New Zealand’s North and South Island are ribboned by rivers – some twisted into raging rapids and others calm and peacefully meandering through native forests. They all hold a special appeal for Kiwis and travelling by raft is an experience to savour. By Derek Morrison
Karamea River, West Coast
The Karamea River is probably more famous in adventure hotspots around the world than it is with New Zealanders, but it is a true hidden jewel. The rapids vary from the manageable Grade 3 upper reaches to the demanding Grade 5 sections through the Karamea Gorge. This beautiful earthquake-tortured river will take three days to raft and because of its remoteness requires a helicopter flight to the starting point or a two-day hike from the eastern edge of Kahurangi National Park.
From the boulder gardens and deep pools of the upper Karamea to the vertical granite rock walls of the gorge – this 30km-plus journey is expedition rafting at its best. The river funnels into full volume through the gorge – a frenzy of whitewater and boulders as the river forces through to the Tasman Sea. If you get the chance between raft-swallowing whirlpools then the scenery and views will dazzle.
Getting there Helicopter companies operate out of Karamea. Or choose one of the many guided operations. If you’re hiking, start at Flora car park and walk 13km to Salisbury Lodge (22-bunk). Next day hike 18km to Karamea Bend to begin rafting.
Map BQ22, BQ23, BQ24
Motu River, Bay of Plenty/Gisborne
Tagged for a hydro operation in the 1950s, the stunning Motu River is now protected, but to really soak in this river’s beauty, challenges and remoteness you will need to spend between three and five days as you negotiate more than 90km of rapids, falls and river bends through the Raukumara wilderness. The river is a Grade 3 to 5 and challenging enough to demand experience among any rafting crew. Less-experienced rafters should explore a guided option – there are a lot of quality trips to choose from.
There are three main gorges on the Motu and this is where the challenges lie. The Upper Gorge is a labyrinth of narrow, steep rapids that become very dangerous in flood. The next gorge, Te Paku, is a little deeper and less fearsome, but the third, the Lower Gorge, is very narrow and turns the heat on again with some of the most difficult rapids you’ll encounter. Negotiating fallen trees is a real hazard in the narrow walls of the Upper and Lower Gorges.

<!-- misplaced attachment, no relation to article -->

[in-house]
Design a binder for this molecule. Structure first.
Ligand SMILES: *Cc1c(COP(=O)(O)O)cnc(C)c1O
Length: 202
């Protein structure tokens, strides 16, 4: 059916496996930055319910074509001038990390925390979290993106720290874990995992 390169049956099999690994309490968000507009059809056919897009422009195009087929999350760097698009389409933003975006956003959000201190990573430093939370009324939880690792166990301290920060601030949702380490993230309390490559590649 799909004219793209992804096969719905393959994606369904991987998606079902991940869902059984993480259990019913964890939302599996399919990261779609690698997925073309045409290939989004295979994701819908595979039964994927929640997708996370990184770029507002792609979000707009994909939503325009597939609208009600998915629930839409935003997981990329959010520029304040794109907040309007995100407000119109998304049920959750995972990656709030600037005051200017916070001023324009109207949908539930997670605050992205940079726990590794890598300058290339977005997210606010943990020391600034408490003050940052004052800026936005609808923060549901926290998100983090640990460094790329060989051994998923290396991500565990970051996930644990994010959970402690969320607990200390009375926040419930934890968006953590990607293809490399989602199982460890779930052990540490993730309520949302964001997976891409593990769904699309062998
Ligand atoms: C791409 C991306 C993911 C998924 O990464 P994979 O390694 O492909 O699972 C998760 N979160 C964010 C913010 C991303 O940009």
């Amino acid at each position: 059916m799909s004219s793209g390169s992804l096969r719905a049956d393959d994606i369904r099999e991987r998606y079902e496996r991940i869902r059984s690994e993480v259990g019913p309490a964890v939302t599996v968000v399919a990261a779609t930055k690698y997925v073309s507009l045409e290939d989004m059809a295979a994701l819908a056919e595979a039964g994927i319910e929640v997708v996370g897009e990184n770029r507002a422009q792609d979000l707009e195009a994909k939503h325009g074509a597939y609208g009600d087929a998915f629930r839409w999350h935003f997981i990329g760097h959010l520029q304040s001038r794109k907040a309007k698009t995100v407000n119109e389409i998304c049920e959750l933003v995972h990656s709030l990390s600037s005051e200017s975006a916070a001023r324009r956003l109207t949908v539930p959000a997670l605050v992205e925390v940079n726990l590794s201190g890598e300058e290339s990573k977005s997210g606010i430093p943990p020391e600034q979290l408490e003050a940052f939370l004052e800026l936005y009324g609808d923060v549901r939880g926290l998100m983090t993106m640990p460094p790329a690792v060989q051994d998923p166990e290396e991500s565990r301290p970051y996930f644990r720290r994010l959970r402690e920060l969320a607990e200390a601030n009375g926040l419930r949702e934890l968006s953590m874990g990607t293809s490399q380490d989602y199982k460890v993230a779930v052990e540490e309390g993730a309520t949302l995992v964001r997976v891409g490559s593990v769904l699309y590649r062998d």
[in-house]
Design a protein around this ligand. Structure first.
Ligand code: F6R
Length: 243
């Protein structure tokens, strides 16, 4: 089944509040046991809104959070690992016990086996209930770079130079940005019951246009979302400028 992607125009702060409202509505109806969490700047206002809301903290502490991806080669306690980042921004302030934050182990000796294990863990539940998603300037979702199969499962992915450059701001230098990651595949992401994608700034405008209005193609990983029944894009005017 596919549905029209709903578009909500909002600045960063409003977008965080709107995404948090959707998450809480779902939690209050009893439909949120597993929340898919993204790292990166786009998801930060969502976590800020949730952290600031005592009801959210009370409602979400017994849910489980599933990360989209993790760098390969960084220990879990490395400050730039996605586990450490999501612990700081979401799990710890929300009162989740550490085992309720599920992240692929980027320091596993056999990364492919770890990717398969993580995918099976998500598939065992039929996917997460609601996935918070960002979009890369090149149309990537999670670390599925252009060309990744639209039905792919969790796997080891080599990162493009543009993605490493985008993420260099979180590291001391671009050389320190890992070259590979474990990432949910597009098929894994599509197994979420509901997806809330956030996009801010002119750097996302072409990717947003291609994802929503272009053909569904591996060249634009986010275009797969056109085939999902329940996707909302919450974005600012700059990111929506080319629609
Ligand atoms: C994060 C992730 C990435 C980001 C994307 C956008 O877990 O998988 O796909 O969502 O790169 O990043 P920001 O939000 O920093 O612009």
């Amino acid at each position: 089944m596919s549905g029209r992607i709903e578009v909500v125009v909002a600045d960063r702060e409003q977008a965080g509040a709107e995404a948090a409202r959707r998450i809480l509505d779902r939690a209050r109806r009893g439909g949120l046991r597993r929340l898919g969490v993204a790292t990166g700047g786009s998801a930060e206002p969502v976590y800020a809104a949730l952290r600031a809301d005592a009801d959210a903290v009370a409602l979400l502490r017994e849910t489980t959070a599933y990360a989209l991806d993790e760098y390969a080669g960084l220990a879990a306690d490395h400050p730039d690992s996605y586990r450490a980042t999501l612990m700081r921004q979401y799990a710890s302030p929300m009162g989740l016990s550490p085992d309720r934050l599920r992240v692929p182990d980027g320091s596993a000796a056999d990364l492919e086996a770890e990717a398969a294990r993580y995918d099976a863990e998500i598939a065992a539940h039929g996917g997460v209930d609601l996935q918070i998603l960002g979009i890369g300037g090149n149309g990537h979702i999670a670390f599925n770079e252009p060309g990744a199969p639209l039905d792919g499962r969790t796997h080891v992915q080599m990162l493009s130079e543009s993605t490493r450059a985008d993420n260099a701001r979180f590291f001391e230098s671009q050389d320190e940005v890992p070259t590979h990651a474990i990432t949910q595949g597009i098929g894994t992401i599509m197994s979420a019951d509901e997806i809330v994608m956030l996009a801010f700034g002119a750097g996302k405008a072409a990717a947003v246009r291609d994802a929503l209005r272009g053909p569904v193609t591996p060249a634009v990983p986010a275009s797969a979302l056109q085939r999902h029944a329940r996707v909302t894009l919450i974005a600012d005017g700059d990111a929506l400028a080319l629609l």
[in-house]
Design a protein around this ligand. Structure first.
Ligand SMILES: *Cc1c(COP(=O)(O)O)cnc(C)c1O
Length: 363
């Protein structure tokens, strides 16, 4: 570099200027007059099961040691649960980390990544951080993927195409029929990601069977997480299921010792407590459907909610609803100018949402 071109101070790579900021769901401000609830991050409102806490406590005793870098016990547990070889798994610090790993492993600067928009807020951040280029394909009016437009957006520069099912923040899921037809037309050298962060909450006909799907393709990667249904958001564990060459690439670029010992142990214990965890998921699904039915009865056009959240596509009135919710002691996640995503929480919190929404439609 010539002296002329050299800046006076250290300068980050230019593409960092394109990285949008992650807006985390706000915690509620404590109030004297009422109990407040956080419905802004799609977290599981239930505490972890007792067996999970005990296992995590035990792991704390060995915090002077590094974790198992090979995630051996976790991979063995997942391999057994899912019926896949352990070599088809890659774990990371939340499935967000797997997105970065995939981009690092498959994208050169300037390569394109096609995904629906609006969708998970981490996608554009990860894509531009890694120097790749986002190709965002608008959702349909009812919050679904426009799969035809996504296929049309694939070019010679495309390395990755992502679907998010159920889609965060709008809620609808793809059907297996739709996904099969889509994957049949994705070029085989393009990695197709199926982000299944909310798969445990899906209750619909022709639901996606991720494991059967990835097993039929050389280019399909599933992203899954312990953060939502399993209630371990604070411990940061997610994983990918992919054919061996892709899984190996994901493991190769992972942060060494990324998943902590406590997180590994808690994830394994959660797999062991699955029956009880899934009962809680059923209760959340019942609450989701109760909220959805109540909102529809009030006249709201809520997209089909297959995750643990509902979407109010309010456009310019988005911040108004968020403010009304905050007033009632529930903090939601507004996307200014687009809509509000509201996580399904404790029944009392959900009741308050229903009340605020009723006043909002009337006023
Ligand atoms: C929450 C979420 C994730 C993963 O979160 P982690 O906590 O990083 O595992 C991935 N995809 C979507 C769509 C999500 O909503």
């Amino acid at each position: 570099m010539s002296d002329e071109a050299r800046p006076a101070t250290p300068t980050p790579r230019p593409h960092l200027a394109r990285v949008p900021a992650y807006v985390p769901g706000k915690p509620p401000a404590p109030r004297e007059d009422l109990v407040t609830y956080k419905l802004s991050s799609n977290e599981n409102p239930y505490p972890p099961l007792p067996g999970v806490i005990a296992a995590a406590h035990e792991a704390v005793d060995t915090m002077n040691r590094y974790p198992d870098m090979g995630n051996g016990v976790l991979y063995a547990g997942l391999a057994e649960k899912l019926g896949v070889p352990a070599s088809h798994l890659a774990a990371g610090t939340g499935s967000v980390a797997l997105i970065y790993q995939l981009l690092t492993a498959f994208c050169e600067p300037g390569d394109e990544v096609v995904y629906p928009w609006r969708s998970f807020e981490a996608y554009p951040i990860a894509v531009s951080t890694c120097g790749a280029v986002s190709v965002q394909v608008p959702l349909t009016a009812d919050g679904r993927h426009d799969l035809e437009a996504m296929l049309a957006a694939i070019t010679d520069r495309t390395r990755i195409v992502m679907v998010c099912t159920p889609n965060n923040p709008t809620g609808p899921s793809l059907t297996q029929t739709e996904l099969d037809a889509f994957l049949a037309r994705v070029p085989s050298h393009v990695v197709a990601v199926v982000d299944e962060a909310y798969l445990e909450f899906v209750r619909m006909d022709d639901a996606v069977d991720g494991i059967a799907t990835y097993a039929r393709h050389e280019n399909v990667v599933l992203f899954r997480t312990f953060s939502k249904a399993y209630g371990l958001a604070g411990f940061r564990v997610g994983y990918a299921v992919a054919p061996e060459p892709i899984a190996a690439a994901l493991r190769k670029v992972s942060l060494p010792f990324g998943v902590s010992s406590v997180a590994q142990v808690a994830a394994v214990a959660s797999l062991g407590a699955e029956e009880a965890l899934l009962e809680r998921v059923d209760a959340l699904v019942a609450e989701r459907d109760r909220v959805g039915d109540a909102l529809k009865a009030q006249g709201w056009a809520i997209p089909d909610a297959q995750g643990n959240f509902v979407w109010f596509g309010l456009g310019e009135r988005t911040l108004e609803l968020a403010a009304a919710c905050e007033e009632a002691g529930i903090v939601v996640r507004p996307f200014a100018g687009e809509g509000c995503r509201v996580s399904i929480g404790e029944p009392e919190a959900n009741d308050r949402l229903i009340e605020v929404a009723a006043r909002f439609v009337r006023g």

The first people to raft the Motu took 10 days – so be prepared. Tramping out or walking down the river’s edge are not options in this untouched part of New Zealand.
Getting there Drive to Matawai on SH2 and take Motu Road to Motu township. Rafts can be launched about 7km east on Motu Falls Road.
Map BE42, BF42
Landsborough River, West Coast
For those with less rafting experience, but a desire to travel through one of New Zealand’s most amazing wilderness environments, then the Landsborough River will deliver. The two to three-day, 35km-plus trip meanders along crystal clear water through the Landsborough Valley. It begins beneath the glaciers of Mt Dechen (2630m) in Aoraki/Mt Cook National Park and runs south, parallel to the Southern Alps, before emptying into the Tasman Sea at Haast.
The Grade 3-4 rapids in Upper Gates Gorge can be walked around for those not feeling confident. Only the more experienced crews take on Hellfire – a Grade 5 rapid with a ill-tempered reputation.
From the confluence with the Clarke River rafters can expect about an hour of paddling through braids to the exit at SH6 alongside the Haast River. This is one of the country’s most picturesque rivers, but it can also go from a playful flow to a raging torrent in a heartbeat.
Getting there Access the put-in at McKerrow Creek by fixed wing plane or helicopter. Those with pack rafting equipment have successfully walked in over two days, across Brodrick Pass. There is a scattering of huts, but a tent is advised.
Map BY13, BY14